This is a proposal for aligning QA usage of the Action Request keywords associated with testing in Bugzilla.
Over time, we have defined a number of keywords in Bugzilla for requesting testing or test-related actions on a bug. They include the following:
|regressionwindow-wanted||window in which bug was introduced|
|steps-wanted||steps needed for reproduction|
|testcase-wanted||minimized testcase needed|
|qawanted||inconsistent, see below|
qawanted, in particular, has been used inconsistently.
In the Bugzilla definitions, qawanted is a catchall for any testing-related work and overlaps with the other keywords. Any given request might use a specific keyword or just qawanted. There is no differentiation between an urgent request for the internal QA team and a request to be left open for the larger community.
For the Desktop and Mobile teams, qawanted is used in combination along with another testing request keyword to mean that it's an urgent request for the internal QA team. All others are left open for the community. A request that isn't urgent and which isn't one of the other defined tasks might have no keyword at all.
For Firefox OS team, qawanted means a miscellaneous testing request that no other keyword covers. Urgency is determined by blocking flags with an assumption that everything is handled internally, and there's no little to no concept of a request that's left available for the community.
Issues With the Current Situation
This divergence in usage of qawanted leads to issues:
- Shared components (DOM, Apps, Marketplace) have keyword collisions. Multiple teams cover these components, and they expect the same keywords to mean different things.
- Triagers and developers need to know multiple sets of rules, even where collisions don't exist. As the same people frequently cover multiple projects, they have to switch between confusing semantics that are almost but not quite the same.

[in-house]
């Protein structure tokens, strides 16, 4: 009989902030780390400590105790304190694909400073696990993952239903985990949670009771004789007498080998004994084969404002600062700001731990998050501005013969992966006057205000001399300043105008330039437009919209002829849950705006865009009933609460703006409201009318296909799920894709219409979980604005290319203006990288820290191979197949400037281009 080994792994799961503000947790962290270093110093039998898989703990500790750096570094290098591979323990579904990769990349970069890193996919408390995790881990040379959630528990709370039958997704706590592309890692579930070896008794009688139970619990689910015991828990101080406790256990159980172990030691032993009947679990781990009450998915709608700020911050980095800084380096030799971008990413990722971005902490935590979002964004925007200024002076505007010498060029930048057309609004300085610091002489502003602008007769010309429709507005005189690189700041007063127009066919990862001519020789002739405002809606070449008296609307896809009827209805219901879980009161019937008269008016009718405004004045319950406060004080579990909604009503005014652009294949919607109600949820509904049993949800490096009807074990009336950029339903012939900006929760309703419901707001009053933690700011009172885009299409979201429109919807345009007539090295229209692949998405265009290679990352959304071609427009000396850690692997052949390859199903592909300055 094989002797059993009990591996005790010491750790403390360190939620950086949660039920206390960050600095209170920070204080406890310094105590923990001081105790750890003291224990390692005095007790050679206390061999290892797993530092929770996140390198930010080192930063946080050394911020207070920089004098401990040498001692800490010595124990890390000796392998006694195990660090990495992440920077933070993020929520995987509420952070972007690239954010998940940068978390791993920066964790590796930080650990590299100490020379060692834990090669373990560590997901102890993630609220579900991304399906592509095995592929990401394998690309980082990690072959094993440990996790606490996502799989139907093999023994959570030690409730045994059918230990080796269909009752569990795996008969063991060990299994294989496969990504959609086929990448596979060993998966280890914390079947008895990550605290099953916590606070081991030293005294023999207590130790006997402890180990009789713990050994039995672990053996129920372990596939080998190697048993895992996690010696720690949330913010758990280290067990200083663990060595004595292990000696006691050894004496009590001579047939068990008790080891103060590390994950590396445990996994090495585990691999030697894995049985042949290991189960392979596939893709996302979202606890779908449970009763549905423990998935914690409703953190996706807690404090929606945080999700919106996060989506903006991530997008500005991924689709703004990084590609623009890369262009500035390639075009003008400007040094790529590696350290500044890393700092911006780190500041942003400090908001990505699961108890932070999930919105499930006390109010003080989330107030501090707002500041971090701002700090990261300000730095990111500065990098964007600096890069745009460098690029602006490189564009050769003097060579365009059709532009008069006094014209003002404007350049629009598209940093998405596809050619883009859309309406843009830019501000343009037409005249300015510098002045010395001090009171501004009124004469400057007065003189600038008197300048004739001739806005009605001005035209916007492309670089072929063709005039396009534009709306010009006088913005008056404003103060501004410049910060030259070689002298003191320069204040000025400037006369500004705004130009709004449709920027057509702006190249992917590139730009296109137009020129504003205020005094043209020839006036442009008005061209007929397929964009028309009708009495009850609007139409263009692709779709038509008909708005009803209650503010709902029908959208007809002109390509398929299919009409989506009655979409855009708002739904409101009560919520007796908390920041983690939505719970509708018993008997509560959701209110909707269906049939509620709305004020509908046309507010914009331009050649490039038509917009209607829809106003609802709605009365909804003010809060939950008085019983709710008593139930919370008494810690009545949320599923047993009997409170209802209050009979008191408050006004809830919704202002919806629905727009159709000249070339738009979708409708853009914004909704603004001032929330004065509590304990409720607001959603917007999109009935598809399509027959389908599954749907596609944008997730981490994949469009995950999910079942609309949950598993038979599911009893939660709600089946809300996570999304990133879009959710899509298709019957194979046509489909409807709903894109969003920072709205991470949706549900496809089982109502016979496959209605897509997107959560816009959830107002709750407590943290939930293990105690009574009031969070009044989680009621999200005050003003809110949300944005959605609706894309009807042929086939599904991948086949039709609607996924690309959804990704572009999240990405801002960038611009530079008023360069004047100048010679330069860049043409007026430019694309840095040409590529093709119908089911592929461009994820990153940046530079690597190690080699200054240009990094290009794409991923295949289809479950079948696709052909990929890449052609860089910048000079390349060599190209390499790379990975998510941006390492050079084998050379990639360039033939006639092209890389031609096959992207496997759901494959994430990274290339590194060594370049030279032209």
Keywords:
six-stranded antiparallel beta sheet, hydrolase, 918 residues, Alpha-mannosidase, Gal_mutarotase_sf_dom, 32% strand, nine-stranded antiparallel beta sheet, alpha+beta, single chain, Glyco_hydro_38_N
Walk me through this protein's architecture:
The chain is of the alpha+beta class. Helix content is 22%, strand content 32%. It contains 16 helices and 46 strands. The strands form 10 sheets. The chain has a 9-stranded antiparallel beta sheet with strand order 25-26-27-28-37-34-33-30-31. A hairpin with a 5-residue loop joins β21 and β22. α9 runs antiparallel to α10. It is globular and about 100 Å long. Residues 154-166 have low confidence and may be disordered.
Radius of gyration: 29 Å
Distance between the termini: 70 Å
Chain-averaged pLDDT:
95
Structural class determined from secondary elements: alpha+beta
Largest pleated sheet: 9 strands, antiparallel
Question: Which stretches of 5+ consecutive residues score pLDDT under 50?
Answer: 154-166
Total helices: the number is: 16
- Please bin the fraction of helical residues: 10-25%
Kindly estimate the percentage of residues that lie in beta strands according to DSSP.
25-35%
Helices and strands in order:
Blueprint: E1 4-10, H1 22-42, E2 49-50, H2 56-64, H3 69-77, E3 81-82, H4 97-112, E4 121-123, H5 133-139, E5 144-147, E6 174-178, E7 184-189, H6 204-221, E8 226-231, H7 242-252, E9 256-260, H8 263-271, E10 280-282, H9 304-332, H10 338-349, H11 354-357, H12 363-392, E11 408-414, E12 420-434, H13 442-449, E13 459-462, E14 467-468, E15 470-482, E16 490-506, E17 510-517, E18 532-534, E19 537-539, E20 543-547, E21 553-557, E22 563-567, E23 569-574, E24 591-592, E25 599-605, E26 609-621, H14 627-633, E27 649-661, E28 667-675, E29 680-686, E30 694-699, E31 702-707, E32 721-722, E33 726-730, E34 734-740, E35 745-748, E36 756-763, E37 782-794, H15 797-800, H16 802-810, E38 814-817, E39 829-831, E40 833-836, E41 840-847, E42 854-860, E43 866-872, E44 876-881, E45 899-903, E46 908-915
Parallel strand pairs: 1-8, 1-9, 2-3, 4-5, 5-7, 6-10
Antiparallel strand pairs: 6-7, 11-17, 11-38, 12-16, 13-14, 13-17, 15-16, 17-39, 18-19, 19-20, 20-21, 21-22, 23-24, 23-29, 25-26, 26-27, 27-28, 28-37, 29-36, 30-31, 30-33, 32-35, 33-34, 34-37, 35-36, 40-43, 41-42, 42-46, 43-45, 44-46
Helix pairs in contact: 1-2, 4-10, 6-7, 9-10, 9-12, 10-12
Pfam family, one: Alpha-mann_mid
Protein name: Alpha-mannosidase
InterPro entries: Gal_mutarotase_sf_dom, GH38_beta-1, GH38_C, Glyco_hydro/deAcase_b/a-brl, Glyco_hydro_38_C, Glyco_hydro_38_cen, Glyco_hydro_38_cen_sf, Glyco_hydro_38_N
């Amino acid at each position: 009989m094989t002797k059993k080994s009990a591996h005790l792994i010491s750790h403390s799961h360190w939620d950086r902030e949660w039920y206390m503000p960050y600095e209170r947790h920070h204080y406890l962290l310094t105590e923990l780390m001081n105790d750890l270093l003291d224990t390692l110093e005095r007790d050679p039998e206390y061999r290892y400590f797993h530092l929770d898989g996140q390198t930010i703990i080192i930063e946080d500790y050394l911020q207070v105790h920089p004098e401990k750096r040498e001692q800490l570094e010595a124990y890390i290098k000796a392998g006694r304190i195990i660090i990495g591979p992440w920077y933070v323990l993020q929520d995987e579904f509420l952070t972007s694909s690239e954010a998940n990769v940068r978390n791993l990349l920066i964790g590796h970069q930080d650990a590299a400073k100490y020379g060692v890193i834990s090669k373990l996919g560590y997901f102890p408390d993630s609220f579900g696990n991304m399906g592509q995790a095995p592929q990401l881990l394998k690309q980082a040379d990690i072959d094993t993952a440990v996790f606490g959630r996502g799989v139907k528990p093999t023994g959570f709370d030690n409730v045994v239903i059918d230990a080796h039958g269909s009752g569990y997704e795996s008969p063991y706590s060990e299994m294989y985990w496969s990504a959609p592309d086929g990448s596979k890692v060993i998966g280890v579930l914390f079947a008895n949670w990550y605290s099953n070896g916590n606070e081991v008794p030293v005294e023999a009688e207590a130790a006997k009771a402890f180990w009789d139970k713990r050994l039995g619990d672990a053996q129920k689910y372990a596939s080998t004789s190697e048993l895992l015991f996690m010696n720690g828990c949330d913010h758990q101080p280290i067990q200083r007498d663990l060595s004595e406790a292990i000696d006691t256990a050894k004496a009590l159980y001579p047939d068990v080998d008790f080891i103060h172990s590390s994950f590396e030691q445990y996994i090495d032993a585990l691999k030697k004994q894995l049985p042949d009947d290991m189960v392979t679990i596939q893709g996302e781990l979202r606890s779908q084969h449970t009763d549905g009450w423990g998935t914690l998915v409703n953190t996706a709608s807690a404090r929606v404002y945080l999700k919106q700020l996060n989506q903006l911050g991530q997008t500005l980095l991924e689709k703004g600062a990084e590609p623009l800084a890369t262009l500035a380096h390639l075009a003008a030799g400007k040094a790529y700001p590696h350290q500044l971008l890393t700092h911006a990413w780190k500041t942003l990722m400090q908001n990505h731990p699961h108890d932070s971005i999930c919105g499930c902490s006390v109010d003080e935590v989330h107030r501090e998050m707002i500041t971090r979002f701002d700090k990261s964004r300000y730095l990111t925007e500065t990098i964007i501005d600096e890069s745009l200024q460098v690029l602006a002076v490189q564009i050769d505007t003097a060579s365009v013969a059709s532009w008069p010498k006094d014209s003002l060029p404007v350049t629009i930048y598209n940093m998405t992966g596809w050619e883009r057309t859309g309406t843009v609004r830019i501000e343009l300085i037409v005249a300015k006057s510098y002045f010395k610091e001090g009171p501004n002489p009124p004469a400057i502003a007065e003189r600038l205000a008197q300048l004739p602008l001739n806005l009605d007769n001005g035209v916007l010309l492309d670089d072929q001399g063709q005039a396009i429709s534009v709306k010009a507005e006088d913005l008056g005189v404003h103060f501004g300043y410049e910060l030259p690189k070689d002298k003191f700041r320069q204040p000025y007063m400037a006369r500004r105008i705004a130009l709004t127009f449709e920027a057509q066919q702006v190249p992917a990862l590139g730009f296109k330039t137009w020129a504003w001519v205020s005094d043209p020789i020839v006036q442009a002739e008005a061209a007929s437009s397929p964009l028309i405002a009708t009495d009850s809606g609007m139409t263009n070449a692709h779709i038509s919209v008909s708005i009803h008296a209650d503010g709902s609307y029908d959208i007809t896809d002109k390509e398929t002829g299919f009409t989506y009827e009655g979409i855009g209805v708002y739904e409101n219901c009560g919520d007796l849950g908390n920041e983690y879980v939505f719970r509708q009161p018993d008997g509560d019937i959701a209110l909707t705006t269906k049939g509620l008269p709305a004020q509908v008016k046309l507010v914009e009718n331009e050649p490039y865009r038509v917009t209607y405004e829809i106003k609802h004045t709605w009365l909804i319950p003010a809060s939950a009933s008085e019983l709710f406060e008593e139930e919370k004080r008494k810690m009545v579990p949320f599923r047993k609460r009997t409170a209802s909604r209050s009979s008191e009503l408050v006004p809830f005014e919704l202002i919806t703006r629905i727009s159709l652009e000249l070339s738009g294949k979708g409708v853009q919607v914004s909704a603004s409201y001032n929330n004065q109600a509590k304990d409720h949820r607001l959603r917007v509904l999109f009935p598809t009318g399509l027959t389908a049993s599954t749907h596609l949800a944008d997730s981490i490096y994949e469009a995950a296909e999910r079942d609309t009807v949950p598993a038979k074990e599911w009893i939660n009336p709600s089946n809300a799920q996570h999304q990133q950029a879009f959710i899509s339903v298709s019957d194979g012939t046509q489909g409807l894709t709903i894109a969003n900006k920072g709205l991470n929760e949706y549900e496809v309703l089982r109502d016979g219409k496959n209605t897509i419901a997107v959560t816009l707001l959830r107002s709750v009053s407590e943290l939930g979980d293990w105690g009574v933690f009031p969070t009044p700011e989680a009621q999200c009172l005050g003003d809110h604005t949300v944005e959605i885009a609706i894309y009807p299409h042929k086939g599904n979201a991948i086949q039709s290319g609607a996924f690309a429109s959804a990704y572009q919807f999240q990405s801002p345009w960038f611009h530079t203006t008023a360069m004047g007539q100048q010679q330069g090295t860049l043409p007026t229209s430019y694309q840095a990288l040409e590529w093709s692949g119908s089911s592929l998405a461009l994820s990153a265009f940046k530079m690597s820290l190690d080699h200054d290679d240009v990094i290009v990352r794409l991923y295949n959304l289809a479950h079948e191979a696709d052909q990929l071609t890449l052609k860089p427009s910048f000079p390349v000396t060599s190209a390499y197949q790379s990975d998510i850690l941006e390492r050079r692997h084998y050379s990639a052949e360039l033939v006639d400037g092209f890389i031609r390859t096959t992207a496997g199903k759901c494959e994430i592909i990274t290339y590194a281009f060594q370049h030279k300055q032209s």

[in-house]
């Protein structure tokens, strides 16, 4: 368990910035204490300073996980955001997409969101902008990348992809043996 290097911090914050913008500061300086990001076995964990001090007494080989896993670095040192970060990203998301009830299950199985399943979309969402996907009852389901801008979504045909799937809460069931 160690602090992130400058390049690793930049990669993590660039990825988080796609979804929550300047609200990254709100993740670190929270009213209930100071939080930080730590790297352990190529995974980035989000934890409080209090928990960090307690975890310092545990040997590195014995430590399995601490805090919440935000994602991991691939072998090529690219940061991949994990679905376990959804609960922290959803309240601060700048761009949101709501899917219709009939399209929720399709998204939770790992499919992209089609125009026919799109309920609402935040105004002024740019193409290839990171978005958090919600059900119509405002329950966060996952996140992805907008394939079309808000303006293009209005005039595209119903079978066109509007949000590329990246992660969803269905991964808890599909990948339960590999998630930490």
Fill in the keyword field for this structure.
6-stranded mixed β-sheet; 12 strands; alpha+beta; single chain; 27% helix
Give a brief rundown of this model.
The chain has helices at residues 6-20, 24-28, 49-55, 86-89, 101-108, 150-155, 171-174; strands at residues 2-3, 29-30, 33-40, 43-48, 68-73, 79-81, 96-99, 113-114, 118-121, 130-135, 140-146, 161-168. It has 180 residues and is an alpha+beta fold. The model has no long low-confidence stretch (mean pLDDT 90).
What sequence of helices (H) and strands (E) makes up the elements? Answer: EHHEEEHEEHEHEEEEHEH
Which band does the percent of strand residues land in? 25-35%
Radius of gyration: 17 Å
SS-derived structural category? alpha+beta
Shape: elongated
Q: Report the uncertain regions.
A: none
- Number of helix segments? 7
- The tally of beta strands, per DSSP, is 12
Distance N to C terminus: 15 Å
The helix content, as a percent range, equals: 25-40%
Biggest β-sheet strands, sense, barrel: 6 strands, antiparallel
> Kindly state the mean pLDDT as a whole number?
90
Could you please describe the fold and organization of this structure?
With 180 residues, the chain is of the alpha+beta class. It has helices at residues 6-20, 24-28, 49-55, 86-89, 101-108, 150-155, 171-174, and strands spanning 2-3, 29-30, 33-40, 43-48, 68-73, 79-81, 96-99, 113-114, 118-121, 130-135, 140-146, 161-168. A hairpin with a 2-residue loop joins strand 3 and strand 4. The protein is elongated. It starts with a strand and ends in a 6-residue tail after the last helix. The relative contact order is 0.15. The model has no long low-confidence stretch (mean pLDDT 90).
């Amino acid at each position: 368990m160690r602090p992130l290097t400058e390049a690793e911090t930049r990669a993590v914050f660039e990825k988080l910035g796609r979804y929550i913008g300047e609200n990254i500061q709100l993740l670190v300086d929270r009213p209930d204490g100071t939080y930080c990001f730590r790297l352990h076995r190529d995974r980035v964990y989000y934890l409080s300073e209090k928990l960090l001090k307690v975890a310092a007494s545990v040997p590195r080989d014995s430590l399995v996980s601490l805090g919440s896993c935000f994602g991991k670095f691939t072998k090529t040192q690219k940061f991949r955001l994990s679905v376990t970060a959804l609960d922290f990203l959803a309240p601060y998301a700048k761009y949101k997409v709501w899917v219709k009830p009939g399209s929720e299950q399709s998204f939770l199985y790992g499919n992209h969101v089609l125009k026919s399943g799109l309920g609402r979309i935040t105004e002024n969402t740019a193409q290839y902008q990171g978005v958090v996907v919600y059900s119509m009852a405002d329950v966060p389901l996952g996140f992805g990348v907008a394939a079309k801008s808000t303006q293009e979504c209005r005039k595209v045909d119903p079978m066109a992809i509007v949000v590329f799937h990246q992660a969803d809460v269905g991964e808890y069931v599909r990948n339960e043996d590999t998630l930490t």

- There is no consistent way for community members to search for testing tasks. For Desktop and Mobile teams, many requests are only in the comments and have no keyword; these cannot be queried. Firefox OS doesn't have the community concept represented in their keyword strategy at all.
- Differentiated queries for specific actions aren't reliable, as requests are present with either no keyword or the qawanted catchall. Understanding request load requires parsing comments.
- Cross-product queries for dashboarding are impossible, as the keywords don't mean the same thing across products.
- Any outstanding testing request will be expected to have at least one request keyword on it so that it can be queried.
- qaurgent will be introduced as a new keyword to request direct involvement by the Mozilla QA staff and will be used in conjunction with one of the other existing keywords.
- qawanted will be defined as an miscellaneous request for the QA involvement not covered by any of the other existing keywords.
- Bugzilla's keyword definitions will be updated to reflect this proposal.
- All Product QA teams will adopt these semantics, though the specific commitment to qaurgent response time will vary contextually between team, product, and even release, as negotiated with other stakeholders. qawanted will no longer be used to indicate an urgent response is required and should not be used in conjunction with other QA related keywords.
How Proposed Changes Address Issues
- There will be no collision between keywords; semantics will be consistent no matter which team.
- Triagers and other external parties only have to learn one set of keywording rules for testing requests.
- We can create and publish queries for the community to search for all outstanding testing-related requests.
- We can create differentiated queries for every type of request, allowing us to process them at different urgencies as appropriate.
- We can dashboard across products to understand outstanding request load better.
- Legacy bugs with request keywords will continue to show up in queries, as is appropriate.
- Existing qawanted keyword bugs can remain as is without being impacted by the new qaurgent keyword
- Initially, we will likely have to re-keyword new bugs as we educate external parties on how to use the new qaurgent keyword as well as the use specific requests. Faster turnaround can be promoted as an incentive for them learning the scheme.
- Firefox OS can continue to honor the current commitment that a blocking flag + a request keyword is an implicit qaurgent request, while in transition. An appropriate time between releases would be chosen to fully transition.